Scottish Country Dancing Dictionary

The Birks Of Invermay

Scottish Country Dance Instruction

THE BIRKS OF INVERMAY (S8x32) 3C (4C set) Thomas Skillern RSCDS Book 16

1- 8 1M+2L turn 2H, 1L+2M turn 2H (3 bars) and 1s+2s+3s dance in for...
9-16 1s+2s+3s Promenade
17-24 1s cross RH, cast to 2nd place, cross up between 2s and cast to 2nd place (2s move up on bars 23-24)
25-32 2s+1s+3s circle 6H round and back

(MINICRIB, Dance Crib compiled by Charles Upton, Deeside Caledonian Society, and his successors)

Keith Rose's Crib Diagrams

Dance Instruction Videos

The Birks Of Invermay - Scottish Country Dancing Instruction Video

Dance Information

The title of this dance, The Birks Of Invermay, comes from The Birks Of Invermay - Song written by David Mallet and the Rev. Alex. Bryce sometime before 1733 and sung to the Scottish tune, The Birks Of Endermay.

The smiling morn, the breathing spring,
Invites the tunefu' birds to sing;
And, while they warble from the spray,
Love melts the universal lay.
Let us, Amanda, timely wise,
Like them, improve the hour that flies;
And in soft raptures waste the day,
Among the birks of Invermay.

Mallet's verses appeared in the Orpheus Caledonius in 1733, where they are directed to be sung "to a Scotch tune, The Birks of Endermay." They are also given, with the three additional stanzas, in the 4th vol. of the Tea Table Miscellany.

It will always be associated with the Tragedy of Captain William Leslie and Dr. Benjamin Rush. As "The Birks of Invermay" it was also sung by the Scots poet Robert Fergusson as he lay dying from a head injury, in the Edinburgh madhouse, aged 24, in 1774. The original lyrics (the first two stanzas) were by David Mallet (or Malloch) the other stanzas are generally ascribed to the Rev. Alex. Bryce - though inevitably Robert Burns later got in on the act too!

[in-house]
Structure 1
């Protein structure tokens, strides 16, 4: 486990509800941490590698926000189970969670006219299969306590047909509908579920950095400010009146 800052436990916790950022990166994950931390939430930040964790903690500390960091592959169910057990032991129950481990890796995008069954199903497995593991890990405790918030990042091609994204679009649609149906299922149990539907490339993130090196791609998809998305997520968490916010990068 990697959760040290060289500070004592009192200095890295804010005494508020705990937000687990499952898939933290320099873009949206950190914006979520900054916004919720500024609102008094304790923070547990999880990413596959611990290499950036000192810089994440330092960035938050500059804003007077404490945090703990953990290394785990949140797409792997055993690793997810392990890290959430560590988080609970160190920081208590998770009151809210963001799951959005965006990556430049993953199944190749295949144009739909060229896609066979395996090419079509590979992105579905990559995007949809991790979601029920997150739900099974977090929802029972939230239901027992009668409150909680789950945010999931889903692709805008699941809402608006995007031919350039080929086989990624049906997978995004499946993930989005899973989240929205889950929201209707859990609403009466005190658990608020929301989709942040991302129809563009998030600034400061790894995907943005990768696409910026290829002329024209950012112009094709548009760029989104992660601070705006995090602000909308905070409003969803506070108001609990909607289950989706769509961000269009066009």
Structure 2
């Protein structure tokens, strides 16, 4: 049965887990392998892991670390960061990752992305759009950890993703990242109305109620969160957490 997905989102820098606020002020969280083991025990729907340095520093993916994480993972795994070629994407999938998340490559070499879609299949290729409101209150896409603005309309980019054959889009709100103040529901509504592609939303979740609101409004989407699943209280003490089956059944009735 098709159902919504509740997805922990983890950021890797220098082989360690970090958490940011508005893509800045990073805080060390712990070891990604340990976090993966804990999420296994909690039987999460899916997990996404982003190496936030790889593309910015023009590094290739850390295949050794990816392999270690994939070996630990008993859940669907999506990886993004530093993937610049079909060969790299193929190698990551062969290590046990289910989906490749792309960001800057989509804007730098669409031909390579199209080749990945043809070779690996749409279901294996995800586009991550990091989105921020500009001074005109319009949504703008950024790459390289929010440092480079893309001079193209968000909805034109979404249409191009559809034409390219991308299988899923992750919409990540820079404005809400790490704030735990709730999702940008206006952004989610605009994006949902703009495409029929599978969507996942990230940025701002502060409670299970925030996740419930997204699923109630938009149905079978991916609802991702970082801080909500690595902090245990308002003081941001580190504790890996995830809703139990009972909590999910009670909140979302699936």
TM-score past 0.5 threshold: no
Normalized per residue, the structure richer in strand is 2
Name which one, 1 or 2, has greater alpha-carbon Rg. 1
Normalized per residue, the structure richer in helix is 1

Invermay is a place 8 km SW of Perth in central Scotland; and birk is Scottish for a 'birch-tree'.

Who devised this Scottish country dance, and when, isn't entirely clear but it is credited to Thomas Skillern in his book of 24 dances published in 1795.

The Birks Of Invermay Song - Information Video

Forest Of Birches, Scotland Image
A Forest Of Birches, Scotland

Dance information by Sir Christopher MacRae, KCMG.
Dance Information licensed under this Creative Commons Licence.
Text from this original The Birks Of Invermay article on Wikisource.
Image Copyright M J Richardson under this Creative Commons Licence.

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